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By Dr. Mercola
In 2004, the US government's National Cholesterol Education Program panel advised those at risk for heart disease to attempt to reduce their LDL cholesterolto less than 100, or even less than 70, if you’re very high risk. Prior to this, a 130-milligram LDL cholesterol level was considered healthy.In order to obtain the incredibly low LDL levels now recommended, you typicallyhave to take a cholesterol-lowering statin drug, and sometimes two or three of them in combination.Now, a new class of cholesterol drugs known as PCSK9 inhibitors promises to reduce LDL cholesterol levels to previously unheard of lows. Indeed, this type of drug can drop your level below 50!My prediction? These drugs will absolutely kill people—not just some, but MANY. I cannot warn you against this terrible idea enough. While many worry that their cholesterol is too high, few give any thought at all to the damage that can result if your cholesterol is too low.This is a topic near and dear to my heart, as I drove (without drugs) my own total cholesterol levels down to a risky 75 when I was a naive young doctor. Alas, when it comes to cholesterol, lower is not always better. In fact, when your cholesterol levels go too low, a host of negative things happen in your body.Unfortunately, lowering cholesterol levels has become so common in the US that nearly every American reading this either knows someone struggling to do so, or has struggled to do so themselves.This despite the fact that there is no evidence to support the notion that having an extremely low cholesterol level is beneficial, and increasing numbers of studies point to significant risks associated with cholesterol-lowering drugs.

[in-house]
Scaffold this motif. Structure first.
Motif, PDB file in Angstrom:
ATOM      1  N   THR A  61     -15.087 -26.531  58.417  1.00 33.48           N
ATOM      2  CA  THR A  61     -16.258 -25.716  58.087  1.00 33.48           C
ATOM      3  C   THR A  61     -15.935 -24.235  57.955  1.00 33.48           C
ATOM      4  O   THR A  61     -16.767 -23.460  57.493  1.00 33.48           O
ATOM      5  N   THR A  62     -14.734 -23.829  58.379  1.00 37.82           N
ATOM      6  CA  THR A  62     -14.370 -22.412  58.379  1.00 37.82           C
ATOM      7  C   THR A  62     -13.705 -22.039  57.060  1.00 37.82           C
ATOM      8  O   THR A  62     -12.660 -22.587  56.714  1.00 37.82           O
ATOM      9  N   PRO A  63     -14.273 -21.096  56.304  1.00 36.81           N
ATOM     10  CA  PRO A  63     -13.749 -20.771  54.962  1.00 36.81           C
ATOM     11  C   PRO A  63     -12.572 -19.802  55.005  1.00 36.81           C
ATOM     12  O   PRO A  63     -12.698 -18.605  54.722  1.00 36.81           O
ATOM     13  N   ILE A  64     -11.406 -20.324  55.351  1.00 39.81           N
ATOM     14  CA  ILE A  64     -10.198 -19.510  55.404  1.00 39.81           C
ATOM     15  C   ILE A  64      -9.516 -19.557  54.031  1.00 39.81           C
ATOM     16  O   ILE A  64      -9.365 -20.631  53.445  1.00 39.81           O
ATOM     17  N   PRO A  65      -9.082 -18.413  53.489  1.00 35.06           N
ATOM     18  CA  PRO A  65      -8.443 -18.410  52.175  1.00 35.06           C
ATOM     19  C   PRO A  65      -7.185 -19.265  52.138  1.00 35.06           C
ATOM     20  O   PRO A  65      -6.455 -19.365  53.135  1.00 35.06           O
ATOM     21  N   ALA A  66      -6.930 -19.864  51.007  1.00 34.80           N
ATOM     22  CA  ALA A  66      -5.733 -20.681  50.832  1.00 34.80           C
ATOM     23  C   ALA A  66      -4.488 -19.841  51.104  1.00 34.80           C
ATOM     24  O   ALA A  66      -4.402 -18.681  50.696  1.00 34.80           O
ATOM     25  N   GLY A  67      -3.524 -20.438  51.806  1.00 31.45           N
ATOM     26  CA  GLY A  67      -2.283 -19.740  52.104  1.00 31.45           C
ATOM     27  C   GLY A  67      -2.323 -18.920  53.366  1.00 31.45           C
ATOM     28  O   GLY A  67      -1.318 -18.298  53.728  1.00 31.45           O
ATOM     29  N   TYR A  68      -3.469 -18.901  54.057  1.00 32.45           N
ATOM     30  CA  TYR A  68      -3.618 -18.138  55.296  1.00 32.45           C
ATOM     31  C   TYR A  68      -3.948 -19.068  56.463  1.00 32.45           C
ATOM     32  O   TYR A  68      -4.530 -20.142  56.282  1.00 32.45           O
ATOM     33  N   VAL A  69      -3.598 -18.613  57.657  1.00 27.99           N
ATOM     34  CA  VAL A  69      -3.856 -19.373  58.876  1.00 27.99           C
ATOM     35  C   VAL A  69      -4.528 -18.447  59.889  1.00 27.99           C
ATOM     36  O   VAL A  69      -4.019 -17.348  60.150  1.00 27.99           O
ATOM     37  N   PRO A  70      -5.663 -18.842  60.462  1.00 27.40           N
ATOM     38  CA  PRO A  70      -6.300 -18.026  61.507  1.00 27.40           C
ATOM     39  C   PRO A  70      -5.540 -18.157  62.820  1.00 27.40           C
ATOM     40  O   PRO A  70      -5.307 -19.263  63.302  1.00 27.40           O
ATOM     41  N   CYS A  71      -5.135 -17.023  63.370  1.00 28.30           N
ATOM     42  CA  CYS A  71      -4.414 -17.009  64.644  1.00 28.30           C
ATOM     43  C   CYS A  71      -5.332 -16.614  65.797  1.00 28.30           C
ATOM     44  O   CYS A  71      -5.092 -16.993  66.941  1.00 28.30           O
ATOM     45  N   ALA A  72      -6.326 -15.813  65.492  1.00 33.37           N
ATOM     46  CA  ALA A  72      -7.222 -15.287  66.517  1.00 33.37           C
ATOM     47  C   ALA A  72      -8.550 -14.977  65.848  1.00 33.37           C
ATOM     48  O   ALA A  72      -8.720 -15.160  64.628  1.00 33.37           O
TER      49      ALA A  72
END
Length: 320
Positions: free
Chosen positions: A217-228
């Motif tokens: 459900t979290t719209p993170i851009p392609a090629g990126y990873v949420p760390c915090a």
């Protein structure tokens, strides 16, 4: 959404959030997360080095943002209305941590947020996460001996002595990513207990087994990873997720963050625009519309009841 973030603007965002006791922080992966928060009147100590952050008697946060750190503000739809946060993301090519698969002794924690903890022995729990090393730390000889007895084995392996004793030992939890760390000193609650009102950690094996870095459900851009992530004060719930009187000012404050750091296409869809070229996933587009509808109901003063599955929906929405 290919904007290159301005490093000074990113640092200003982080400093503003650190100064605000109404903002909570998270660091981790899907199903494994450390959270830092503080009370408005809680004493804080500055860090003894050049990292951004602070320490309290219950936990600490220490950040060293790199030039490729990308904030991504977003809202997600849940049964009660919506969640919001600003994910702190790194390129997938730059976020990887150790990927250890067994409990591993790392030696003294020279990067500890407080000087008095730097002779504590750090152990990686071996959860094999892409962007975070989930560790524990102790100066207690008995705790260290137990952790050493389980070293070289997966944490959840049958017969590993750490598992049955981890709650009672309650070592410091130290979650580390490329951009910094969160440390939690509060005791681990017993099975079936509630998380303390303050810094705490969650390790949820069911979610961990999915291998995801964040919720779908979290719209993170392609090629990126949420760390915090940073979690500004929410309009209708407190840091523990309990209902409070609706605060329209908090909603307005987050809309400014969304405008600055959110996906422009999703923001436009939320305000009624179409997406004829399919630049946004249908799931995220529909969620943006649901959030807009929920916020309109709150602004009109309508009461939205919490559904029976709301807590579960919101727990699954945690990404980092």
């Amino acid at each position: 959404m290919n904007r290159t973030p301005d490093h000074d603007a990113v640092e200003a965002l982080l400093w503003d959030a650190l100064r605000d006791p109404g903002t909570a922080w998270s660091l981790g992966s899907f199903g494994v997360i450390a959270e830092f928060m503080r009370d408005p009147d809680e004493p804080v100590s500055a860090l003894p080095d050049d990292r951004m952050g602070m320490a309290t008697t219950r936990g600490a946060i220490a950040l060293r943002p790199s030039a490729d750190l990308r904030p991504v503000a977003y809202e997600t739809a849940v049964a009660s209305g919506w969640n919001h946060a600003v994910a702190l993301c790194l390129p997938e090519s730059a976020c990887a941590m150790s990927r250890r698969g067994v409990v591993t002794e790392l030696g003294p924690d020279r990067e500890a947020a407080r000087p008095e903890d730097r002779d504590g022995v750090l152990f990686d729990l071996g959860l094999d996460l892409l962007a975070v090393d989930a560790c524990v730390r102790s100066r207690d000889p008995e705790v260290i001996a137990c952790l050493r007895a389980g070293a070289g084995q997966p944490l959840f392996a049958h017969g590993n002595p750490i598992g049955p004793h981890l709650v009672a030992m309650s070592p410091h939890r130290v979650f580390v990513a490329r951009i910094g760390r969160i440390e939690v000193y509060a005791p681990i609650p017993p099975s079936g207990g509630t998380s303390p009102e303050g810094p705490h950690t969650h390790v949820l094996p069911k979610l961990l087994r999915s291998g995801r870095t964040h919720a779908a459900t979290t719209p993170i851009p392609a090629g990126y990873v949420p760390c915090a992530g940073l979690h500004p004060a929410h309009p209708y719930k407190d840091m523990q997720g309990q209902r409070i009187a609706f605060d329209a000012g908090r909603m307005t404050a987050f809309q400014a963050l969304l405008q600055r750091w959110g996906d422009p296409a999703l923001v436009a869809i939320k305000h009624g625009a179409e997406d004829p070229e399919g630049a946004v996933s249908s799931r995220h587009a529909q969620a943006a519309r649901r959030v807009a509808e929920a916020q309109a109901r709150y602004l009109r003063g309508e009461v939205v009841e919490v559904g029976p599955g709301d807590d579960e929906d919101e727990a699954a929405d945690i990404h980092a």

How Do PCSK9 Inhibitors Work?